Marco Rubio’s Consistency on Offshore Drilling May Cost Him at the Polls After Oil Spill
Even as tar balls wash up on Florida Panhandle shores from the April 19 oil spill, Republican U.S. Senate candidate Marco Rubio stands consistently behind offshore drilling.
“The bottom line is that there is going to be drilling off the coast of Florida. There is right now. Other countries are going to be drilling: Cuba, Venezuela, China, Brazil and Russia. The issue is not whether there is going to be offshore drilling, it’s whether America will benefit from it,” he said in an interview on MSNBC’s Morning Joe, broadcast from Pensacola on June 11. “I don’t think any of that is premature conversation,” he added. He repeated those points to CNBC and the Christian Broadcasting Network.
Florida law bans drilling within a 3- to 10-mile radius of the coast, while federal law prohibits deepwater drilling in the eastern Gulf of Mexico, as well as in environmentally sensitive areas like the Florida Keys. Former Gov. Jeb Bush — who is said to have mentored Rubio — strongly opposed shallow-water offshore drilling as governor.
Rubio is slipping in the polls, in no small part because of the oil spill. A poll released Friday showed Rubio trailing Gov. Charlie Crist by nine points — a larger margin than any previous poll since Crist declared his independent candidacy in late April. That same poll showed “education and the oil spill” as the number-two concern of voters, behind “jobs and the economy.” (The poll did not disaggregate the issues.)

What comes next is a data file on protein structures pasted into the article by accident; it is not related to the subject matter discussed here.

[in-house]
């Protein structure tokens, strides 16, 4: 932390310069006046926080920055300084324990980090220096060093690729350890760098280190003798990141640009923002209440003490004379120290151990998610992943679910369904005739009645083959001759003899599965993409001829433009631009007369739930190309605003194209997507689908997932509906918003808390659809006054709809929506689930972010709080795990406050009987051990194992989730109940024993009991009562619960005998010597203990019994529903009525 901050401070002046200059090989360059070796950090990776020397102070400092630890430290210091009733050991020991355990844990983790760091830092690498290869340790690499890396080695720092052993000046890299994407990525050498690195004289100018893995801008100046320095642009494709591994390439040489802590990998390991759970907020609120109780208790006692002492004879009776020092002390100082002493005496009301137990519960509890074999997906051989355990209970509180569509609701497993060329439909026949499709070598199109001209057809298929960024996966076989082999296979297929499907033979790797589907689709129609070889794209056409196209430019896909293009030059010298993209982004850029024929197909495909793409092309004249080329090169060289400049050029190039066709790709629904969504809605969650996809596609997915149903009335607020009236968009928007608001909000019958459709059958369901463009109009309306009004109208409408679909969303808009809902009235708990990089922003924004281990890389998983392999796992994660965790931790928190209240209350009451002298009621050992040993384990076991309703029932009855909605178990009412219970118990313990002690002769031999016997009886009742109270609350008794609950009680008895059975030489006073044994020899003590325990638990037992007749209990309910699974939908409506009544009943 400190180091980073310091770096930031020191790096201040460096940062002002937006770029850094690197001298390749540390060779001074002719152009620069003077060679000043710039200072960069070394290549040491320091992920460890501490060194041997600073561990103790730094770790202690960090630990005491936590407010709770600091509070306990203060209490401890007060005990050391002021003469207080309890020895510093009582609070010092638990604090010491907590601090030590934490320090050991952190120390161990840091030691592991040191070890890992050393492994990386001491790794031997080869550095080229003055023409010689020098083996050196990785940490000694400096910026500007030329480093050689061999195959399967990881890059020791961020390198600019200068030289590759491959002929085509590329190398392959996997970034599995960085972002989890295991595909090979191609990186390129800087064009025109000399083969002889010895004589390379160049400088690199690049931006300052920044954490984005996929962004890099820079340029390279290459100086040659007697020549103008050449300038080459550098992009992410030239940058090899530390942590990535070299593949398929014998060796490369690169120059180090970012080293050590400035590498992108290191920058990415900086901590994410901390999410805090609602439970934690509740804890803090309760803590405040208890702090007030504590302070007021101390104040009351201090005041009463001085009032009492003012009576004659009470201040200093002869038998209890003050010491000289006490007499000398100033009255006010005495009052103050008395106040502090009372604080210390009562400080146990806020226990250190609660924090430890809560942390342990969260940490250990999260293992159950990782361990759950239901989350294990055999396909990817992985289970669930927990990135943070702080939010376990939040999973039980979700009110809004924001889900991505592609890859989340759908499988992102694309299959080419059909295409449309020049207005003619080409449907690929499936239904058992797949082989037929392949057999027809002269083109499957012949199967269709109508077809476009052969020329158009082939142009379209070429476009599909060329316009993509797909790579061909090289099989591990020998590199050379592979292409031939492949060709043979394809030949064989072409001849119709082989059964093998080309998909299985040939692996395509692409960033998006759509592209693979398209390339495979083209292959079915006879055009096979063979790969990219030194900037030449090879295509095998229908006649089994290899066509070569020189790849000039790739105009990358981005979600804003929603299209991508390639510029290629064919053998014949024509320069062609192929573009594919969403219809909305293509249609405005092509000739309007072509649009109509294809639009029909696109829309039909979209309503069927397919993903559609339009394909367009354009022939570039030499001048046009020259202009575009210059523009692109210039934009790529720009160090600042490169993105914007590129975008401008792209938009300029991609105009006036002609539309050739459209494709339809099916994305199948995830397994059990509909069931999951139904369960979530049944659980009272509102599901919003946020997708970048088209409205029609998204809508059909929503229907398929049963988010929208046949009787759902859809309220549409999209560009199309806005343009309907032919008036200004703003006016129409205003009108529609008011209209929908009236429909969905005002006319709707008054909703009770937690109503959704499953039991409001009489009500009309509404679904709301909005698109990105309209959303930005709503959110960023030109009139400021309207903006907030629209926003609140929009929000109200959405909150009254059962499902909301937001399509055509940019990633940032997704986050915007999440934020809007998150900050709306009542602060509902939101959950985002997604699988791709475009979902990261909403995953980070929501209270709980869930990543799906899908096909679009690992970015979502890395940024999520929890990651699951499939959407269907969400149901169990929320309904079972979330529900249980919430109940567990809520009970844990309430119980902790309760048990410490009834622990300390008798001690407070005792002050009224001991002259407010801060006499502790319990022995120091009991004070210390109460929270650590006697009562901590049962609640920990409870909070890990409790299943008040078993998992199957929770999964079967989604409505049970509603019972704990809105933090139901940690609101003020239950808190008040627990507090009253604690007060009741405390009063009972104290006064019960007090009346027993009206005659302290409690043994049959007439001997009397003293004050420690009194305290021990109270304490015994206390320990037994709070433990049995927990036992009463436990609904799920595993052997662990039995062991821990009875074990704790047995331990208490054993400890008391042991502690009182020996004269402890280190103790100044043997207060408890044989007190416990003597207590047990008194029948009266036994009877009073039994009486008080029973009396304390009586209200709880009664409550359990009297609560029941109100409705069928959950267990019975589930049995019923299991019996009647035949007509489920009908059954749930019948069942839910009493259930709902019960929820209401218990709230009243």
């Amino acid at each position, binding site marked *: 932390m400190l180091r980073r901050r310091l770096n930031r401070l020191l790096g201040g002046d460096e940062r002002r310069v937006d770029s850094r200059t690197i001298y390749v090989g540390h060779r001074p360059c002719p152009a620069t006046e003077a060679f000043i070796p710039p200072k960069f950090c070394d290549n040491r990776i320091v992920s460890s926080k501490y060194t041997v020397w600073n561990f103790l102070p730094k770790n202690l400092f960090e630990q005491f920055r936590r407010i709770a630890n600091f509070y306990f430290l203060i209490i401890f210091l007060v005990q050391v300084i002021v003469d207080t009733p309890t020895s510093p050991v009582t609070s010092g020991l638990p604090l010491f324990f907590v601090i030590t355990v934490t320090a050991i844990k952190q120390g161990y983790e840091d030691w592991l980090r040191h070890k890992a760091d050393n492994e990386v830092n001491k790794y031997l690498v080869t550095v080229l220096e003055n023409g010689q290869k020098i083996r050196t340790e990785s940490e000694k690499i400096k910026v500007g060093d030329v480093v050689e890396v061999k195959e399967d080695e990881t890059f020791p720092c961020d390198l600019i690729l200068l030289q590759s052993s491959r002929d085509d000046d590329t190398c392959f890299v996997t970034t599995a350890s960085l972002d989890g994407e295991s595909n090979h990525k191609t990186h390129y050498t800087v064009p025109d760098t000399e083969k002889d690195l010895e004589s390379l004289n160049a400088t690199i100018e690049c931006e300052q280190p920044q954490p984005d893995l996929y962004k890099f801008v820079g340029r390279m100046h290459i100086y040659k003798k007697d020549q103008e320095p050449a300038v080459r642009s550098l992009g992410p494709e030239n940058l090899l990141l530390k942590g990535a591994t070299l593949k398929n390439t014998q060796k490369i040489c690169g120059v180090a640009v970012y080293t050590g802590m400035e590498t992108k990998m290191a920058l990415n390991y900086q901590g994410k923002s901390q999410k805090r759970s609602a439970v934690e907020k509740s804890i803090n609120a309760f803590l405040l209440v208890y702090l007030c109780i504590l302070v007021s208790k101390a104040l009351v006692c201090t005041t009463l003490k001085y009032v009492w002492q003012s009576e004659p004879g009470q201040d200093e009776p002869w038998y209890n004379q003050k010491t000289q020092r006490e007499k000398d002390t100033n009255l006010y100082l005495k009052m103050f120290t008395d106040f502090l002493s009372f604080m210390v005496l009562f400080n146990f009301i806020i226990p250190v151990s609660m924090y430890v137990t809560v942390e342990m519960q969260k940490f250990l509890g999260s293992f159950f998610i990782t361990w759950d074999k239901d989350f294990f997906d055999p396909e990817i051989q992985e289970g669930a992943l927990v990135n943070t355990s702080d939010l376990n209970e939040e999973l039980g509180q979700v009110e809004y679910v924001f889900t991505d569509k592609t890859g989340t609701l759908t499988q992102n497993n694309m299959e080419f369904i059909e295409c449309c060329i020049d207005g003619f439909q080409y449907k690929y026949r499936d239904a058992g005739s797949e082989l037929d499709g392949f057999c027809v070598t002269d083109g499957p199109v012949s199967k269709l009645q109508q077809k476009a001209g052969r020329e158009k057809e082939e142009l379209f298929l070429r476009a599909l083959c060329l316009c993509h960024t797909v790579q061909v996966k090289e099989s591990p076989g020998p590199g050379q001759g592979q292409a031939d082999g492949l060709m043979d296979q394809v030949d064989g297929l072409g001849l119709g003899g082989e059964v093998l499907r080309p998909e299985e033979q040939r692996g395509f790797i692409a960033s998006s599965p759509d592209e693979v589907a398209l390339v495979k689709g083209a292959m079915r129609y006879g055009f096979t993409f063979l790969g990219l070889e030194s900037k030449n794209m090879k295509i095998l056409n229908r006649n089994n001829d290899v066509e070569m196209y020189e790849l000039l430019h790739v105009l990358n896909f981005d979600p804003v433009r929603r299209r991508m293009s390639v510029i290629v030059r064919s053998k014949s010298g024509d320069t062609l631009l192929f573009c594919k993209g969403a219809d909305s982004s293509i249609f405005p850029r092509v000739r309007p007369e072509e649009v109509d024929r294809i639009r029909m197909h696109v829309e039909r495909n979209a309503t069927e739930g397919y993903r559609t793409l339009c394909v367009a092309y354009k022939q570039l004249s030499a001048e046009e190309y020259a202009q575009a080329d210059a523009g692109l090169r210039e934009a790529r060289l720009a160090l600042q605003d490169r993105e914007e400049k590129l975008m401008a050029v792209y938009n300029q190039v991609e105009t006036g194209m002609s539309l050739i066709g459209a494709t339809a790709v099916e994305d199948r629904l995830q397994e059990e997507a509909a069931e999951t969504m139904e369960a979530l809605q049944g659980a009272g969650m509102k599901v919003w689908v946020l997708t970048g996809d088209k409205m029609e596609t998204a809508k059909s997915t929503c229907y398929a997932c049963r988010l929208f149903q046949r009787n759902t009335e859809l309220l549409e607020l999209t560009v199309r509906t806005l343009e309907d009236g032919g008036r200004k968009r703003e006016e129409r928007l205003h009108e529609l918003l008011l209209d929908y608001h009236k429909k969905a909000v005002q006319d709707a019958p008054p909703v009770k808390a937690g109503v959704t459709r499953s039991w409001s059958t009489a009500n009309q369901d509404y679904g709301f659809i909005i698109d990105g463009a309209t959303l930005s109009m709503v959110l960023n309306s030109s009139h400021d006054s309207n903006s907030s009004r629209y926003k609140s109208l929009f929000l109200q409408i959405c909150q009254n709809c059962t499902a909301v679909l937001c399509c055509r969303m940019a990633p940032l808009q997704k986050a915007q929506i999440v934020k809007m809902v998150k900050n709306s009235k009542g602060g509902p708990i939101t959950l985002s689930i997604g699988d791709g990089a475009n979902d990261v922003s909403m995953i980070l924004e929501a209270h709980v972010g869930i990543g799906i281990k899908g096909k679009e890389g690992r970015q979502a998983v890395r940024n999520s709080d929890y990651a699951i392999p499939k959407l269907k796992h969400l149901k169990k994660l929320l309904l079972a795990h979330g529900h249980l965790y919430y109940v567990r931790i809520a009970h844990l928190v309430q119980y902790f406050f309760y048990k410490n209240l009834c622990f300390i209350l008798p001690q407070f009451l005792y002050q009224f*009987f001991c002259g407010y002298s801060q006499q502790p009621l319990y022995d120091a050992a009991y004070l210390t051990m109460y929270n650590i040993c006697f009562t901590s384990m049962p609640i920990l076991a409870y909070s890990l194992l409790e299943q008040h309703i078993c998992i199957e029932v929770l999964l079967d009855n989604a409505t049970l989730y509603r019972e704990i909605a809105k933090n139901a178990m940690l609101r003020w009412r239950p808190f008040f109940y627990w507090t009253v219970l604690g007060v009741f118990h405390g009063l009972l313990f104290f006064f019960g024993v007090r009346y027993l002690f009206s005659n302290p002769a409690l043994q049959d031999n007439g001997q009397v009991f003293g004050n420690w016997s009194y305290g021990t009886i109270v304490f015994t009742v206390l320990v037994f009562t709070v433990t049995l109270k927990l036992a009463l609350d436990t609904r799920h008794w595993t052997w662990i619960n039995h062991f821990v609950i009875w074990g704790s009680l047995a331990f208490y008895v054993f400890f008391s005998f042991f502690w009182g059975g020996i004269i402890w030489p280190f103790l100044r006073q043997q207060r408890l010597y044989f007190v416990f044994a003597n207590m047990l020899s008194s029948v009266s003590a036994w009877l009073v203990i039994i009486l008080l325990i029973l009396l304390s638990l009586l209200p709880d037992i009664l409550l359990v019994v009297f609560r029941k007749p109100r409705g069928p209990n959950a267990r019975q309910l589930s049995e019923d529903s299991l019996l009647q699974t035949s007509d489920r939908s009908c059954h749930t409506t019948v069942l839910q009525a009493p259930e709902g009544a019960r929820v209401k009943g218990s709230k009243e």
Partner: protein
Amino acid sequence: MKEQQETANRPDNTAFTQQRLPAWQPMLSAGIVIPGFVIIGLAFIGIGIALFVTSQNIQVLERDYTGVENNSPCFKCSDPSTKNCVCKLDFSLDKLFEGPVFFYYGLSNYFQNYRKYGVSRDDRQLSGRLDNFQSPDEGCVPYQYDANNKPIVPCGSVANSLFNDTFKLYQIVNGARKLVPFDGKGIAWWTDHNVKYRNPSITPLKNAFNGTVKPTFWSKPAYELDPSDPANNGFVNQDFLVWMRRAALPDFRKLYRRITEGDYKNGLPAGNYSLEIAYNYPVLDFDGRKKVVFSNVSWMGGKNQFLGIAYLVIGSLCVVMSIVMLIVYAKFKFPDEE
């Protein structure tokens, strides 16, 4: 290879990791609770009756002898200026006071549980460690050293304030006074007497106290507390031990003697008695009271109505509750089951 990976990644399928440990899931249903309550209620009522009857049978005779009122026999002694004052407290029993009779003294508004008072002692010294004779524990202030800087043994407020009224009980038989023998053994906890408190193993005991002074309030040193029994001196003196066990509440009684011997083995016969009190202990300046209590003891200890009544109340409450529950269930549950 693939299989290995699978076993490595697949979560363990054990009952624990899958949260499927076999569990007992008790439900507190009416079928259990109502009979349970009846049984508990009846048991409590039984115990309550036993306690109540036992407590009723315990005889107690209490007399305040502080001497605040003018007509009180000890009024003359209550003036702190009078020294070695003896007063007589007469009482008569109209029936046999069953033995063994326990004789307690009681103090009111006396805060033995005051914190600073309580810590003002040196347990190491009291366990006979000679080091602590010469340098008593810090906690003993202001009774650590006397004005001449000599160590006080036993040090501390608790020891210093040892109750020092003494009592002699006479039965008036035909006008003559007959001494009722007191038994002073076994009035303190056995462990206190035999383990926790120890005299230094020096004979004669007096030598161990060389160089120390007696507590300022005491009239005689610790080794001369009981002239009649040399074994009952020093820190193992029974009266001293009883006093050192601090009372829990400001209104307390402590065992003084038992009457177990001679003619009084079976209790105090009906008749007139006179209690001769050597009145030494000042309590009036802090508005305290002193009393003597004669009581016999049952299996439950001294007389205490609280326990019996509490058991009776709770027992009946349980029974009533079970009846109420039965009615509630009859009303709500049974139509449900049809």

Opinion on drilling has shifted radically. An April 19 Quinnipac poll showed that 66 percent of Floridians supported offshore drilling, while 27 percent were opposed. However, on June 6, 42 just percent supported drilling, while 51 percent were opposed — a 48-point swing.
As a political matter, Rubio is banking on consistency, in contrast to his rival, Charlie Crist. “I think Republicans have gotten themselves into a box ever since Michael Steele got up at the 2008 convention and chanted ‘drill, baby, drill,’” said JimDePeso, Policy Director for Republicans for Environmental Protection. Crist once spoke favorably of “at least a study” of drilling, but now opposes it, as do the Democratic candidates, Rep. Kendrick Meek and Jeff Greene.
“He has always been in favor of offshore drilling so long as it can be done safely and recognizing that short and long term energy needs will require America to become more energy independent,” said Rubio campaign spokesman Alex Burgos.
Some of the most pro-drilling Republicans have gotten the message that they need to ease their rhetoric. Rep. Cliff Stearns, a Florida Republican who aggressively backed offshore drilling in the 2008 election, has softened up somewhat. “I also support the president’s decision to suspend any new exploration until such investigation is completed and any new safety measures are implemented” Stearns told Ocala.com.
Not Rubio. On Laura Ingraham’s radio show Wednesday, he said that changing positions was one of the problems in politics, “they just want to be on 51 percent of every issue. Their positions change as the polls change.” He compared the effort to end offshore drilling to curtailing nuclear power after the Three Mile Island incident. “We cut off our nose and hurt ourselves in that effort.” He closed, “We’re starting to see some of the same things pursued here.”